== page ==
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For a Few Dollars More Review

From The Spaghetti Western Database


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Where life had no value, death sometimes had it's price
That is why the bounty killers appeared ...

For a Few dollars More (See Database Page) is the second part of Sergio Leone's Dollar trilogy. Clint Eastwood returns as a poncho-clad gunslinger, but the stranger in town from A Fistful of Dollars has become a bounty hunter and he also has a name: Monco (in Italian Manco), meaning maimed person, referring to the fact that he does everything with his left hand, except for shooting. In every part of the trilogy a new American actor was added to Leone's iconography. Eastwood's character is paired with a second bounty hunter, a former military man called Douglas Mortimer. Both men are after a pot-smoking psychopath called Indio, who was recently freed from prison by his men, and now plans to rob the bank of El Paso, a job only an idiot or a complete madman would think of. What Monco doesn't know, is that Colonel Mortimer is after El Indio for personal reasons, and is not really interested in the reward money ... In a series of flashbacks it is revealed that the colonel holds Indio responsible for the suicide of his sister ...


The second bounty hunter is played by Lee Van Cleef. Leone had seen him in High Noon and absolutely wanted to have him for the part because of his sharp features and piercing eyes. Van Cleef's Colonel Mortimer adds an emotional dimension to the movie that the first movie lacked. Being an original project (Fistful had been an adaptation of a Japanese samurai movie), his second feature gave Leone more elbow-room to experiment with shooting angles and the extreme close-ups that soon would become his trademark. The film was a smash hit, both in Italy and abroad, but it wasn't very popular among contemporary critics who thought it was overlong and too violent. Today some think it's Leone's best movie and it's often called the archetype of a spaghetti western, the one film that is all what this genre is about. The ghost towns, the dust, the heat, the gunmen, the music, the flashbacks, the hate and the vengeance, you name it, this film has it all (and a lot more). If it's not Leone's best, it may be the one with the largest amount of memorable moments. Colonel Mortimer uncovering his weaponry, the duel with the hats between the two leads, Colonel Mortimer and Monco shooting apples from a tree, El Indio having his speech about the carpenter in a church...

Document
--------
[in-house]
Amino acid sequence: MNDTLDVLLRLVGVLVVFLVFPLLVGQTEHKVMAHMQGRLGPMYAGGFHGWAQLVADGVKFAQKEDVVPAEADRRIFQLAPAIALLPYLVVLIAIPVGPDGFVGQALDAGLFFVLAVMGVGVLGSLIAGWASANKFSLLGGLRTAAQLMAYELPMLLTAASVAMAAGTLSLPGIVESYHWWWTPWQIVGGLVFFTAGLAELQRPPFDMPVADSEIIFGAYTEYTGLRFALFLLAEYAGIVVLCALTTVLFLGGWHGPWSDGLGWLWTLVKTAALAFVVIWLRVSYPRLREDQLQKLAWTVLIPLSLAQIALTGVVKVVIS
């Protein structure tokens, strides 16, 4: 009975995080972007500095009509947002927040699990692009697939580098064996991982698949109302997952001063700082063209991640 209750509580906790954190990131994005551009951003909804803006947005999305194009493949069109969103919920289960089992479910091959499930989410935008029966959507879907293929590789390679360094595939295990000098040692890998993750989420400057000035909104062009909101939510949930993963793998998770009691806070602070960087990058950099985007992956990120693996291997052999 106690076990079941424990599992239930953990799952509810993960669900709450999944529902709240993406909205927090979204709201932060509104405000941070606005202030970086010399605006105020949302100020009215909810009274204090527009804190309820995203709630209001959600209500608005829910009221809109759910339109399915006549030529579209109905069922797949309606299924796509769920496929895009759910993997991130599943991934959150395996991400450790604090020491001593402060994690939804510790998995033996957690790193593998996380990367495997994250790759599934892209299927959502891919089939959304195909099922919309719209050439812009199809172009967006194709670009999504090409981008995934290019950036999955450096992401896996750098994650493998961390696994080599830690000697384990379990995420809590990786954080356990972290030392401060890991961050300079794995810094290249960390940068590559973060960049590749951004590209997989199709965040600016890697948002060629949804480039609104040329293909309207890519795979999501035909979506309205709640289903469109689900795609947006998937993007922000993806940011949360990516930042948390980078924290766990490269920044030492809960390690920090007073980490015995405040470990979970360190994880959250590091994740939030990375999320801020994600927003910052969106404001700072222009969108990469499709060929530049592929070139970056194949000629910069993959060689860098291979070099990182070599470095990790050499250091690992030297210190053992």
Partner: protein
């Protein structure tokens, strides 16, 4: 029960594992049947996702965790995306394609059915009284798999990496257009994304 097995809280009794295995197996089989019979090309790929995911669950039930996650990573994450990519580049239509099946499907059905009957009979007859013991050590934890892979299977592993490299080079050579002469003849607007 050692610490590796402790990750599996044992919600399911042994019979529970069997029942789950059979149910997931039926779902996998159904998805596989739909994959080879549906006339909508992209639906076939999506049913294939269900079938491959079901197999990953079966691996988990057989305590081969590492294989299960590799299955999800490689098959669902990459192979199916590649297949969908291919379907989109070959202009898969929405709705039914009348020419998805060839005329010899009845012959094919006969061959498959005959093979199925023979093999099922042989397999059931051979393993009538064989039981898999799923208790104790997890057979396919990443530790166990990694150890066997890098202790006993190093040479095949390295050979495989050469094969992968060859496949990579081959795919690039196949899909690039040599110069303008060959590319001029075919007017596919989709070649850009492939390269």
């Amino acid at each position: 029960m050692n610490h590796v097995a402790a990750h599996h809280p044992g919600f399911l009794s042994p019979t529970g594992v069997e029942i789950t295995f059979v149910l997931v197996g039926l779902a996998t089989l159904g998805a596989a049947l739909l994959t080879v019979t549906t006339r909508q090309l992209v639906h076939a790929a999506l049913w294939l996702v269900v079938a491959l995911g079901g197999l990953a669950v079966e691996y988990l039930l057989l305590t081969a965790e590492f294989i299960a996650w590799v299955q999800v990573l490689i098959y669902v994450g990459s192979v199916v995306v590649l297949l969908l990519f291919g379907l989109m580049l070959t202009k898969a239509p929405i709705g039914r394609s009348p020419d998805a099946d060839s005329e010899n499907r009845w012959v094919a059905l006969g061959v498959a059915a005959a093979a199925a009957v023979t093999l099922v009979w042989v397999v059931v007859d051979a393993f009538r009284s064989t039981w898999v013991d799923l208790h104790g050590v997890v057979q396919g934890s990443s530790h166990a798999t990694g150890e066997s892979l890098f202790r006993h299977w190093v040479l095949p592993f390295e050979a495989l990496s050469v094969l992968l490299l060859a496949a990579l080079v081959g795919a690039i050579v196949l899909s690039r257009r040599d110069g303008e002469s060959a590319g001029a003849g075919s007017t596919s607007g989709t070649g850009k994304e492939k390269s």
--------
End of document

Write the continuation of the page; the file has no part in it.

A special film deserves a special treat. Let's lift out some of the most notable aspects of the movie. A trip around a few dollars in a handful of steps, so to speak (1).

# The characters - Van Cleef's character is often referred to as "old man" by the younger Monco, but he owns the more sophisticated weaponry and his ways to make inquiries are more advanced than Monco's: the Colonel consults modern media such as newspapers for information about his rival, while Monco still relies on floating rumours and hearsay, brought to him by an old person significantly nicknamed 'the prophet'. The two ice-cold bounty hunters are played off by the script against their villainous antipode El Indio, a psychopath acting out of impulse or pure sadism, like in the infamous scene in which he kills the innocent wife and small child of the man who betrayed him. Even in his more lucid moments his ideas are twisted and destructive, such as the decision to set up his men against the two bounty killers.

# Time and memory - The film also marks Leone's obsession for memory and the passing of time, symbolized by the two pocket watches, whose chimes evoke the memories of the rape that led to the suicide of Colonel Mortimer's sister and the consequent feelings of hate and revenge. The pocket watch is to Colonel Mortimer what the harmonica is to Harmonica in Once Upon a Time in the West. After For a Few Dollars More nearly every revenge western would have one or more revealing flashbacks; within Leone's own body of work this Proustian way of story-telling - objects or sounds evoking memories - would finally lead to the labyrinthine narrative of Once upon a time in America, compared by Martin Scorsese to a Chinese box (2).